Capture the bead chain by fitting it into the loop in the wire arm and then crimping the loop tight with a pair of pliers.

The indicator flag is made from flagging tape. It’s the weather (cold and UV) resistant tape used for surveying and marking hiking trails. This tape is readily available in hardware and sporting goods stores.

To make a flag, fold 12 inches of the flagging tape in half and fix the folded end to the bead chain with a tie-wrap. String or wire can be used to tie the flag to the bead chain but that requires four hands where as I can manage by myself if I use a tie-wrap.

The length of the flag is not critical but it is important that all the flags are the same and that it suits the length and weight of the chain. If the flag is too short it will flutter too much and won’t have the wind resistance to pull the bead chain off vertical.

Putting It Together

All that remains now it to attach the wire arm assembly to wooden posts positioned along the shooting lane.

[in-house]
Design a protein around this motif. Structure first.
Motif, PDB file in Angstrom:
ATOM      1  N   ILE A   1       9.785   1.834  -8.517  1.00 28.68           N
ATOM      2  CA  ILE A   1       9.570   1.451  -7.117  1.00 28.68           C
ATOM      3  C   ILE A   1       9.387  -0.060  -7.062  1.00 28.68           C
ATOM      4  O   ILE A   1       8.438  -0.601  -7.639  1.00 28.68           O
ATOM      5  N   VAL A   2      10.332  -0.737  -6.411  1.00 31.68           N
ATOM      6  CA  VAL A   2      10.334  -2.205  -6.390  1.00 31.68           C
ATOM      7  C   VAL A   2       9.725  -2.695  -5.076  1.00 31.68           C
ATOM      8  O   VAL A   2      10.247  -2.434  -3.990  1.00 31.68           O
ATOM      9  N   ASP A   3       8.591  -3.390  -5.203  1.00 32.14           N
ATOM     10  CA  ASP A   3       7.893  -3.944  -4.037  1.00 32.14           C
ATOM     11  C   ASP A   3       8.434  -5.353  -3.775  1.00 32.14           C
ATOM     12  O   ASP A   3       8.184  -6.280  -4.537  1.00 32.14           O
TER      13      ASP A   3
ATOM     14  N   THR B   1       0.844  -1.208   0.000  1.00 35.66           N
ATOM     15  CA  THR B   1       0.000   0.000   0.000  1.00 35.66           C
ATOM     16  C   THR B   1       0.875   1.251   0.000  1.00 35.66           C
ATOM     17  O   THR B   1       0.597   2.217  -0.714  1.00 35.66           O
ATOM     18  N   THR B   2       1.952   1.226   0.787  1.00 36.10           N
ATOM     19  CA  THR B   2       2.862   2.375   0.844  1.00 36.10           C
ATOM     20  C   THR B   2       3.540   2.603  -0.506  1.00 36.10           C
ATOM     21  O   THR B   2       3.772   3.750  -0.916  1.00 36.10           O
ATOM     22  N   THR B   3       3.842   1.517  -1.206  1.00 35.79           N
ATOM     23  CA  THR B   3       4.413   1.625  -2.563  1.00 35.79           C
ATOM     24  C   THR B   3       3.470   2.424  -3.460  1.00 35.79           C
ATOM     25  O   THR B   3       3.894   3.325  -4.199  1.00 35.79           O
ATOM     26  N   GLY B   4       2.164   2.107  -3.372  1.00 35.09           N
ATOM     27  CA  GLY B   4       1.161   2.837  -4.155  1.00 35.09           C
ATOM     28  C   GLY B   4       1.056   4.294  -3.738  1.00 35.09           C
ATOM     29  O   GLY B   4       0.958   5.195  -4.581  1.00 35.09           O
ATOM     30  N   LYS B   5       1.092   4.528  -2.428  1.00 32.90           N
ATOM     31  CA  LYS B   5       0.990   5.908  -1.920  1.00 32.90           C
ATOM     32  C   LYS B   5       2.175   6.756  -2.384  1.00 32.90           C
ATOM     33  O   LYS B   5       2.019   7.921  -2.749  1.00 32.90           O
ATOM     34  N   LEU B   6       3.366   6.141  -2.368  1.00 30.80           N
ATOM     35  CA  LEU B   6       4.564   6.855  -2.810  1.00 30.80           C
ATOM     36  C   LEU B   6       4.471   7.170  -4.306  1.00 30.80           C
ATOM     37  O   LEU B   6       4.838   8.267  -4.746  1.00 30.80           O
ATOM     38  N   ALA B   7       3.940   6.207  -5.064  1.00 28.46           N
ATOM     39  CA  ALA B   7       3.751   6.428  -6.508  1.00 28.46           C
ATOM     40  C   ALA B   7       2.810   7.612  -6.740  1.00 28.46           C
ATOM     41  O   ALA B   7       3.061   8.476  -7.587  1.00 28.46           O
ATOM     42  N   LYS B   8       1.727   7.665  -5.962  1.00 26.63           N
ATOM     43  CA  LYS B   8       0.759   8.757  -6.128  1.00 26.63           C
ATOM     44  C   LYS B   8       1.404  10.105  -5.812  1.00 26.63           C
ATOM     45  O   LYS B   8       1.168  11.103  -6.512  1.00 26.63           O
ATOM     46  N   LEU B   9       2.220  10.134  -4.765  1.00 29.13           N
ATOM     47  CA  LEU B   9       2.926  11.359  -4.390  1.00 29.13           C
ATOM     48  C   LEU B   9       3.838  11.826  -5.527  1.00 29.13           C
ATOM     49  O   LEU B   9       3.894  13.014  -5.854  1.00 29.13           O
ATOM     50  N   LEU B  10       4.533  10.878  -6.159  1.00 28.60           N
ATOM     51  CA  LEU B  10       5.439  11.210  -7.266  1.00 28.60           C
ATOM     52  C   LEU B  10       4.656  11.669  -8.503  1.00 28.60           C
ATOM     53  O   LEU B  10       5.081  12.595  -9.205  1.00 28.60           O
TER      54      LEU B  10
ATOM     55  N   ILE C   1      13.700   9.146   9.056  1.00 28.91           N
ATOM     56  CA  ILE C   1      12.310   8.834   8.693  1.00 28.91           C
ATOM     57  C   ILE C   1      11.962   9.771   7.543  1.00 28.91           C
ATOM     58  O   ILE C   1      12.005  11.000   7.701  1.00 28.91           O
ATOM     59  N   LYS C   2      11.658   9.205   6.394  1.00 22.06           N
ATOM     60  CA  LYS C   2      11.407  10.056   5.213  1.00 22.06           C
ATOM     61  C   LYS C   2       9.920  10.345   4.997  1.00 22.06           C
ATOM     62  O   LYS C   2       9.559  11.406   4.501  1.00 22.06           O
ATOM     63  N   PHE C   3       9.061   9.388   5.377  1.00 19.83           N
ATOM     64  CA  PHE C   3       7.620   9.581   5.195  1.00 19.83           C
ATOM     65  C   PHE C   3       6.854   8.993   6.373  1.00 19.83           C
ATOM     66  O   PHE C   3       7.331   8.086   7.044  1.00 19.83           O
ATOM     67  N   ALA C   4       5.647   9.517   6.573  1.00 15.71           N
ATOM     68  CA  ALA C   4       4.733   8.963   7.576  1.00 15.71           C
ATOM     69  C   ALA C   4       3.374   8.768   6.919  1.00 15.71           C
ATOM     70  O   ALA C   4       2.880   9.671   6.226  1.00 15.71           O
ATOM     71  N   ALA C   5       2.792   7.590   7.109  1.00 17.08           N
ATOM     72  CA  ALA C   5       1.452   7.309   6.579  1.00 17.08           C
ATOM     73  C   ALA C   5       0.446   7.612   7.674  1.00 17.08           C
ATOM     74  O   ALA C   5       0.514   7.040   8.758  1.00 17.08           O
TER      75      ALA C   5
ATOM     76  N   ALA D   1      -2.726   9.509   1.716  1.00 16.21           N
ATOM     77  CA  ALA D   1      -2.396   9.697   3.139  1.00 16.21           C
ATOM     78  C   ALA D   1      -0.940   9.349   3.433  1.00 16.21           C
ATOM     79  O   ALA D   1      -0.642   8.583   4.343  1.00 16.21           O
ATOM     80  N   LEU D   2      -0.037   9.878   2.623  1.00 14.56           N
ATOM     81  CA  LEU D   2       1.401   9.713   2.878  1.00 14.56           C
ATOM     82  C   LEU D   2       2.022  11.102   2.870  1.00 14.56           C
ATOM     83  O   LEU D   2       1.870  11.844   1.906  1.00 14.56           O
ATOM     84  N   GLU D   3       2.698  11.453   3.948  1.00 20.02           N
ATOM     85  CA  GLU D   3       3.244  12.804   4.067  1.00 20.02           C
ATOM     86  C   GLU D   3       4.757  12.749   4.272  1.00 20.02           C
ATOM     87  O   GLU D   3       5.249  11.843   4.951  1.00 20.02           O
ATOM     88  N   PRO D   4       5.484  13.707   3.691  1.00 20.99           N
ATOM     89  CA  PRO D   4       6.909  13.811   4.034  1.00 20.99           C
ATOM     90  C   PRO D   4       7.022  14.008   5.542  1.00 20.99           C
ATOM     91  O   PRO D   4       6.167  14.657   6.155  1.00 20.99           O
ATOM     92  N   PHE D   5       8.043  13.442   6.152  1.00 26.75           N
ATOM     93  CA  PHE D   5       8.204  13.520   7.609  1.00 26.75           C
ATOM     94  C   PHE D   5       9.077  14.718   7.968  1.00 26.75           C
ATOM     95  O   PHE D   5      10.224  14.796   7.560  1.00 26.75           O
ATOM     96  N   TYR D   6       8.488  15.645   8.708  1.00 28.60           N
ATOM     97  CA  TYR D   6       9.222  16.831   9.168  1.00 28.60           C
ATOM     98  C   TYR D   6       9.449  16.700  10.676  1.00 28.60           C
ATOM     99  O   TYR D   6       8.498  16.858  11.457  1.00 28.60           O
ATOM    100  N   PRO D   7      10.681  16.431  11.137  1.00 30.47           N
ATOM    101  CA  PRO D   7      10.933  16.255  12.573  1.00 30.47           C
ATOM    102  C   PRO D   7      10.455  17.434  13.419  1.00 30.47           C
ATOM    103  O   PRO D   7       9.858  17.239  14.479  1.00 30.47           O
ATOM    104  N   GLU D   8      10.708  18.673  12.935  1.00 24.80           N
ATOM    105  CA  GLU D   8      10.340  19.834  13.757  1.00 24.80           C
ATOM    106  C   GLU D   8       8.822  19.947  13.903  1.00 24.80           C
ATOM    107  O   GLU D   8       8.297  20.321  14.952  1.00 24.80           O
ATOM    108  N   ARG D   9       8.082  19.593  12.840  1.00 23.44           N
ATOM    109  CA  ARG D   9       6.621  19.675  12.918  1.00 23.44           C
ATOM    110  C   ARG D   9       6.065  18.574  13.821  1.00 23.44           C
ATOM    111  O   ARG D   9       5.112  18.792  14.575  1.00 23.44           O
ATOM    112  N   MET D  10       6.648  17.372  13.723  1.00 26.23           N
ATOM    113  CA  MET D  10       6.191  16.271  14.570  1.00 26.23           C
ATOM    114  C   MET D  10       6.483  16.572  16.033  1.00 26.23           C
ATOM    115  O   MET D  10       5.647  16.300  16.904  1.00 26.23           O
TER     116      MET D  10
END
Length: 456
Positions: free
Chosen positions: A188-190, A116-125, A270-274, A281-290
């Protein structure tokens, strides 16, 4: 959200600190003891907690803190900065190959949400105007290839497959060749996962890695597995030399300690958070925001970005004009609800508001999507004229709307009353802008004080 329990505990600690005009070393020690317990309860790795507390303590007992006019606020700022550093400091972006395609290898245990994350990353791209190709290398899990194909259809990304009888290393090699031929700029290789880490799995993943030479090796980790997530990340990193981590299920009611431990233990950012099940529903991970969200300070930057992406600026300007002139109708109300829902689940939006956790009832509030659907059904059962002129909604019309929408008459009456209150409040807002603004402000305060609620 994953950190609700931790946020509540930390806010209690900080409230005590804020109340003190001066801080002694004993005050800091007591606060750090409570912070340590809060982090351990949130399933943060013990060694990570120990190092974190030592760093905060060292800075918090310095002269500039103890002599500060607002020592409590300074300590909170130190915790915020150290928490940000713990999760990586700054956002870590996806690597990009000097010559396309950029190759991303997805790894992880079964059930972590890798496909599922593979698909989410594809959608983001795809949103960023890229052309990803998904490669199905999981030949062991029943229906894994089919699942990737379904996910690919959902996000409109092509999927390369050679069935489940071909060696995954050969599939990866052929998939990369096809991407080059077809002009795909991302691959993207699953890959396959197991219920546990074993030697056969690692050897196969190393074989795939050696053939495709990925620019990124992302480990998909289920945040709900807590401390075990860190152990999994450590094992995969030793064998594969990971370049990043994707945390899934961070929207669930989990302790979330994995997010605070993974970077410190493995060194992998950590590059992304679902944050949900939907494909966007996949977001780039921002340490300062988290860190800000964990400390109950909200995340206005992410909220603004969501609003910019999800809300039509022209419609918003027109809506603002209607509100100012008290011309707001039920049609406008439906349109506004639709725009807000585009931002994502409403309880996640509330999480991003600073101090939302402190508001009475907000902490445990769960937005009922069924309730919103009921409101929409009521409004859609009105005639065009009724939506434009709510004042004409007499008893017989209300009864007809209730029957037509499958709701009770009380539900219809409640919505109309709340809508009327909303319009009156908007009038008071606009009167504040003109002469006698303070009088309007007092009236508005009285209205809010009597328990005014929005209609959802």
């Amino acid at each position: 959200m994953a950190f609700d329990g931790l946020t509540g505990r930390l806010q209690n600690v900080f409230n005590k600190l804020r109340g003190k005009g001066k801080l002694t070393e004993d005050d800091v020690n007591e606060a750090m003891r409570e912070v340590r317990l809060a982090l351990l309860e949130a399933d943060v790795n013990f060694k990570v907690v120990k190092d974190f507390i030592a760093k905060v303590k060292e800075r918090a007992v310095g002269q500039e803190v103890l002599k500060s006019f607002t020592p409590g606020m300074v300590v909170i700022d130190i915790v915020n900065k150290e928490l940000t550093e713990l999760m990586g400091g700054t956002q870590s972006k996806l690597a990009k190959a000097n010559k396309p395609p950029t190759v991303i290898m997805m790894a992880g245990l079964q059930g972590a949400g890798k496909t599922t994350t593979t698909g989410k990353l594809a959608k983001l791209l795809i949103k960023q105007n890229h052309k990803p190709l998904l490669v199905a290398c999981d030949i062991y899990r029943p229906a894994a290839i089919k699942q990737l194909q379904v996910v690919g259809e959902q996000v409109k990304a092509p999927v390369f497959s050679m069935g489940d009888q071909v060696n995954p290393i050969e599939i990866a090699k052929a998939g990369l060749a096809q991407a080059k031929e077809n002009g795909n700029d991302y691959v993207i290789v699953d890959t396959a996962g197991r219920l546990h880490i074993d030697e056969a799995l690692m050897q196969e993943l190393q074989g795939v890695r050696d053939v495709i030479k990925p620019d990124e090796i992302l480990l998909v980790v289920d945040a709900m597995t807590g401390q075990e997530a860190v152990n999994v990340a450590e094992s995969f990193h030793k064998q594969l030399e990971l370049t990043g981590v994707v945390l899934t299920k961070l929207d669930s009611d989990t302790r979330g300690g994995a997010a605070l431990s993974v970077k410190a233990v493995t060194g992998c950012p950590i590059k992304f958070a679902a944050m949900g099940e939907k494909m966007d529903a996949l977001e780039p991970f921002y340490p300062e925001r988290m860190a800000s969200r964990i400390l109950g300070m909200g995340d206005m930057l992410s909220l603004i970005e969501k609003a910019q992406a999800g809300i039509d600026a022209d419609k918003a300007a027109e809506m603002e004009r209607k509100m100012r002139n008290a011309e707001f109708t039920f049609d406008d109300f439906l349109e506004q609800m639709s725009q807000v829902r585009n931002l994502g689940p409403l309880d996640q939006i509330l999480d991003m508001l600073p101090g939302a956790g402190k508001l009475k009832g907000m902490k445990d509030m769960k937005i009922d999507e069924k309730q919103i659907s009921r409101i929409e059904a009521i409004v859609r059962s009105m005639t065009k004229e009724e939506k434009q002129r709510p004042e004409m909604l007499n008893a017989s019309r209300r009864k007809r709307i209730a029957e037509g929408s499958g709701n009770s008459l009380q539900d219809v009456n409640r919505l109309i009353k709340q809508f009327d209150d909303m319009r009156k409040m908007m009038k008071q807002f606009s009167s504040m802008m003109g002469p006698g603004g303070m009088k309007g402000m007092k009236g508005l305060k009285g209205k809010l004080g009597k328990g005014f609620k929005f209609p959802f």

The posts can be 1×2 or 2×2 in size and 3 or 4 feet long. I ripped mine out of a 2×6 with the table saw. Cut a point on one end if you are going to install the wind indicators permanently or add a base if you want them to be portable.

I use my wind indicators for measuring distances on my range so I took some time to position them accurately spaced and in a straight line. A laser level is useful if you want to mount the indicator flags in one plane, I didn’t bother with that.

To mount the wire arm assembly to the post, drill a hole a bit bigger than the wire diameter and force the “V” bent end into the hole to wedge it in. You may have to adjust the bend or the hole to get a tight fit.

747 cross wind landing
Even large flying objects can’t ignore the wind.

Conclusion

Heavier pellets are better than light ones in a breeze but all objects in flight are affected regardless of size. Watch planes landing in a strong cross wind, even huge commercial jets like the 747 in the picture above need to compensate to hit the runway.

A bit of practicing using wind indicators for reference will give you a good idea on how much compensation to use to make the shot in breezy conditions. With a lot of practice you will compensate for windage and elevation automatically without thinking about it.